Space Battleship Yamato 2202: Warriors of Love brings more battles, more beef
by Bob Johnson
In many ways, Space Battleship Yamato is Japan’s answer to Star Trek. Though anime and the space age have gone together since the dawn of the industry (i.e., Astro Boy) – the 1974 Yamato series was a landmark that solidified science fiction anime into a cultural force and famously influenced the art team for Star Trek: The Next Generation.
As the 2010s, the age of the remake and the simuldub, dragged on, it was inevitable that the Yamato would rise again. Yet, every year between 2013 and 2017, Space Battleship Yamato 2199 was the go-to example of “Why isn’t there a dub for this?” — a major franchise that should have been snapped up for a licence above any number of moéshit school life clones. But that didn’t happen, at least, not right away. What do we have to thank for the dub? Why, the second season of the remake – Space Battleship Yamato 2202: Warriors of Love. When this follow-on was announced, Funimation finally fired up the wave motion cannon, dubbing both shows in back-to-back releases in 2017 and 2018.
In the year 2202, things are looking up for humanity. But even though Earth’s oceans are restored, and the planet has deployed a fleet of ships with the latest in wave-motion technology, a new threat appears in the form of Gatlantis, an evil empire with a deadly space fleet, threatening the far-off world of Telezart. Ordered to stay home by the powers that be, but haunted by strange dreams, the crew of the Yamato mutinies and takes her out for a new season of adventures in space, fighting for galactic love and peace.
Constantly threading the needle between a rapacious enemy on one side, and an Earth government on the brink of fascism on the other, Yamato‘s crew is often called upon to set the example. By necessity, they are required to compromise their high moral values, but in the end, still manage to save the galaxy without sacrificing all of their integrity.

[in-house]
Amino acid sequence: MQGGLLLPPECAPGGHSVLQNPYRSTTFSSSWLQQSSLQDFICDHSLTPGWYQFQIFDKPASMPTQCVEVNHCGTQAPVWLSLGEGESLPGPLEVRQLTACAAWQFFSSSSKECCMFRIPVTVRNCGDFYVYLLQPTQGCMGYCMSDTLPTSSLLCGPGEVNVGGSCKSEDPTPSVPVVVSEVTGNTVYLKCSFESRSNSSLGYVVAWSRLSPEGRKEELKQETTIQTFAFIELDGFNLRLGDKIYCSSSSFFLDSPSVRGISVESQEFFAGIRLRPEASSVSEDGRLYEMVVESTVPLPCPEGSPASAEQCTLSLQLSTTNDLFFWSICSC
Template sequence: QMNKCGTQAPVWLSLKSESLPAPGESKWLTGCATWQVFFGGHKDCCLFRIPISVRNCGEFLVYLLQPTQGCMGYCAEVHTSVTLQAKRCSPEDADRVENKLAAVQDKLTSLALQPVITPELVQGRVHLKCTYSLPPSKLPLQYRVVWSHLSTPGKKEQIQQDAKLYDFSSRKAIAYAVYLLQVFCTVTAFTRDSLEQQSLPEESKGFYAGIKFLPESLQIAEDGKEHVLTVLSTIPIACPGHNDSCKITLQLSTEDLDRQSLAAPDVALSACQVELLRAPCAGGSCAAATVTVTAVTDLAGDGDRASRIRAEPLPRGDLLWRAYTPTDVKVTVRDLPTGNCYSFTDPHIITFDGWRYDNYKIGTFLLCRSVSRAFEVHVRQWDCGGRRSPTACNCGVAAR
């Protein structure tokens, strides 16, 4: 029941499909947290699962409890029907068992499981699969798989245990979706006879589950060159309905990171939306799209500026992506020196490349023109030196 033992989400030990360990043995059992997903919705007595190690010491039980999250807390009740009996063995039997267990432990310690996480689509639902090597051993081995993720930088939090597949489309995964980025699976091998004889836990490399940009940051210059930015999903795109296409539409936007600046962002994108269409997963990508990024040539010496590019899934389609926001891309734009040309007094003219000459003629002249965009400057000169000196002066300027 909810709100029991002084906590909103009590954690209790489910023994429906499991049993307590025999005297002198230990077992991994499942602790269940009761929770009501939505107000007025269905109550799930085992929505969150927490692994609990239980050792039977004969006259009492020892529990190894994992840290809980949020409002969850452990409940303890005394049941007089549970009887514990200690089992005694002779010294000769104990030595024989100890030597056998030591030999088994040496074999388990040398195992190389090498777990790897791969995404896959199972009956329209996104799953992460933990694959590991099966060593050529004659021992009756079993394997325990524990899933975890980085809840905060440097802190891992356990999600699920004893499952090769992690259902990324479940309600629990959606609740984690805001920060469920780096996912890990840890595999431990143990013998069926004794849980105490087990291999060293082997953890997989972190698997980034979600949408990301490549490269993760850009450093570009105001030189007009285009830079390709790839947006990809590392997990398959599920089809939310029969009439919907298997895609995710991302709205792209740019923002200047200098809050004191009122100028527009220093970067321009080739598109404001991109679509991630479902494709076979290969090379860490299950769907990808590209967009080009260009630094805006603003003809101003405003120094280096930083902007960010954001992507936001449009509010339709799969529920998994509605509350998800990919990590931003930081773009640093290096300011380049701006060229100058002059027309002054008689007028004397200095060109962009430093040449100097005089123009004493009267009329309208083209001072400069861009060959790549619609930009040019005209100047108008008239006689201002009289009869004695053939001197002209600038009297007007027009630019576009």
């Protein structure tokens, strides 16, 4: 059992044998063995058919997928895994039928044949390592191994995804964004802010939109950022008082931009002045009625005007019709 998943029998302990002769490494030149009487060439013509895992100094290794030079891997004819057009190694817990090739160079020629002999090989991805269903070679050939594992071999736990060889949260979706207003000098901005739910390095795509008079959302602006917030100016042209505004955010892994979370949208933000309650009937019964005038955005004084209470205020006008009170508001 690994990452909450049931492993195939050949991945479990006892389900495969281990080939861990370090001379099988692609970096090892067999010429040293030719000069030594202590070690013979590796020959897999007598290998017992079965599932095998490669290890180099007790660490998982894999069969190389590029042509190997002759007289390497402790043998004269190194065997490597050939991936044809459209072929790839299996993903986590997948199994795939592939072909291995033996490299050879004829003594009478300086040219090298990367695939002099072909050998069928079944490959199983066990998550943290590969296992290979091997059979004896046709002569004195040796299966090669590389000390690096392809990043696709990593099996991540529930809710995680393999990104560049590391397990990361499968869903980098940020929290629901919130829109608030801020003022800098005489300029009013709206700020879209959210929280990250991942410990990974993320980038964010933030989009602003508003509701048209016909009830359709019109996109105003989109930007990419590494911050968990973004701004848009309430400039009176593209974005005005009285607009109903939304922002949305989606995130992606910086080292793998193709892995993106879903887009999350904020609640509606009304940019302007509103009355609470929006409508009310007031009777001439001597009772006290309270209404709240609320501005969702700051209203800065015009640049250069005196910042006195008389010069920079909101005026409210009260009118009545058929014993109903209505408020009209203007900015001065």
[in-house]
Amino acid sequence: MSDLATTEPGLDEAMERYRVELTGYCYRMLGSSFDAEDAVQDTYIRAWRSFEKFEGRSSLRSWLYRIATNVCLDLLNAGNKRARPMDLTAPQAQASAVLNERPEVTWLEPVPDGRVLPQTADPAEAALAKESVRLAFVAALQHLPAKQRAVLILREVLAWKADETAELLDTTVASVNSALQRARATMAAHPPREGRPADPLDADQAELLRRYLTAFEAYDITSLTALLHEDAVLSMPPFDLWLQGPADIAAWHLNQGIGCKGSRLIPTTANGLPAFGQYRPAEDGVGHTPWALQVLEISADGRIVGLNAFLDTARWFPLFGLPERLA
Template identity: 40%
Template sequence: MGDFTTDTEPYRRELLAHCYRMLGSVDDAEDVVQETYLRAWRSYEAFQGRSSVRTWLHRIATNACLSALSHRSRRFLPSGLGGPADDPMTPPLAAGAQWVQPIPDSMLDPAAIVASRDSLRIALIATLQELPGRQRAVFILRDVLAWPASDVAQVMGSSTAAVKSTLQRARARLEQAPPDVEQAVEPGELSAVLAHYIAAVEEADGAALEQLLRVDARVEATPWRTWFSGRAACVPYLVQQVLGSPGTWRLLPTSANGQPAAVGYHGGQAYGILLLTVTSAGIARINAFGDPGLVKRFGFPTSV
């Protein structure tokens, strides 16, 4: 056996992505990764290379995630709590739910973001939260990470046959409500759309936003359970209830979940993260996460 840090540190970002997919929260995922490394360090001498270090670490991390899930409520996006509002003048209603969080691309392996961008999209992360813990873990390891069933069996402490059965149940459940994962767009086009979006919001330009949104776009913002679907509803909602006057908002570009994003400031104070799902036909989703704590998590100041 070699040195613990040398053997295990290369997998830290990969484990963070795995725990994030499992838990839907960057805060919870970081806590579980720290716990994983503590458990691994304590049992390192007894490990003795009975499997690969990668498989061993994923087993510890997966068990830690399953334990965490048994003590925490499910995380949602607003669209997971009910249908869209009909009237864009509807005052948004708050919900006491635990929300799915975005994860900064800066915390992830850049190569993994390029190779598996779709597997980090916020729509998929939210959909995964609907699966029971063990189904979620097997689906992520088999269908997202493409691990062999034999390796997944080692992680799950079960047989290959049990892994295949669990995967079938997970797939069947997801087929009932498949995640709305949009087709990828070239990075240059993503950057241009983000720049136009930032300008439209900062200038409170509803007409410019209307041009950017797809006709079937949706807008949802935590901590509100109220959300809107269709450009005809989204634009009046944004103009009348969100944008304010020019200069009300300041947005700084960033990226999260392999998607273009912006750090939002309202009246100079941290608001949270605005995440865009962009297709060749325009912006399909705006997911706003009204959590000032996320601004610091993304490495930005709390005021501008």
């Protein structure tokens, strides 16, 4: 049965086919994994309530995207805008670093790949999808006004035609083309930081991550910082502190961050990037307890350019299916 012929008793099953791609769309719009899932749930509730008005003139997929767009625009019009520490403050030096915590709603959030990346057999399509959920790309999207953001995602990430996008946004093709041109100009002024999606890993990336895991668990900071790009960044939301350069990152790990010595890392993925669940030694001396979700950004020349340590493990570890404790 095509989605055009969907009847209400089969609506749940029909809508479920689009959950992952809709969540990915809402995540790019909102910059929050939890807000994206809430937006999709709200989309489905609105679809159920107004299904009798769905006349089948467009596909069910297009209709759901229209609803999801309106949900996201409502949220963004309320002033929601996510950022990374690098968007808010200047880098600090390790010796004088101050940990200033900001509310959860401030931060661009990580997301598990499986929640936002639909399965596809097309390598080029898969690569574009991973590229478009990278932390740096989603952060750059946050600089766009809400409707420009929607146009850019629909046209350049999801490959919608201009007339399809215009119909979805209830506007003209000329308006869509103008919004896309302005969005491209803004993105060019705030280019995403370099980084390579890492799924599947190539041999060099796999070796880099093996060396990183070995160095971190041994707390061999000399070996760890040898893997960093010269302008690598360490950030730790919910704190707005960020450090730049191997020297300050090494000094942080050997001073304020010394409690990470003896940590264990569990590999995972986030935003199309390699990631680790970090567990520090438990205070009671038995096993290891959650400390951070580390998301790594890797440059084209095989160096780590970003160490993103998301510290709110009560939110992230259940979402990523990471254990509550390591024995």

The death of Captain Okita looms over the crew, leaving Kodai to command the Yamato. Whereas Okita was ever the chessmaster, ensuring the enemy fell into his plot, Kodai is decent enough in the Captain’s chair, but lacks confidence. Kodai also has relationship issues, particularly with Yuki. Actually, nearly *everyone* has interpersonal drama in this anime, most notably Lieutenant Keyman, a Garmilan pilot constantly getting into intrigues, and Kasturagi, a medtech who slips aboard Yamato and increasingly plays the role of femme fatale. How will they bring peace to the galaxy if they can’t get along with each other? Well, saving each others’ skins in battle goes a long way to rebuilding trust.
If you’ve never seen Space Battleship Yamato, it’s high time you saw 2199: it’s a well paced gauntlet run, where nearly every moment is desperate and vital to the future of humanity. 2202, while also quite solid, backs the stakes off a little. It lets other heroes take a bit of the limelight, and frees up the Yamato to dart back and forth between hotspots in a larger war. Both seasons deal with existential issues, not solely of survival in the face of the enemy, but also how to go about fighting, and what is and is not worth fighting for.
I will have to disagree with anyone who claims that the second go was able to wholly recapture the epic grandeur that was Space Battleship Yamato 2199 – but in all fairness, that is an *extremely* high metric. Space Battleship Yamato 2202, despite all of its spaghetti-wall character drama and sudden plot twists, is well within the halls of truly awesome anime.
Fuck Yeah, Look It Up:
Space Battleship Yamato 2202 (aka Star Blazers 2202)
Original concept by Yoshinobu Nishizaki and Leiji Matsumoto
Produced by Xebec, Licenced by Funimation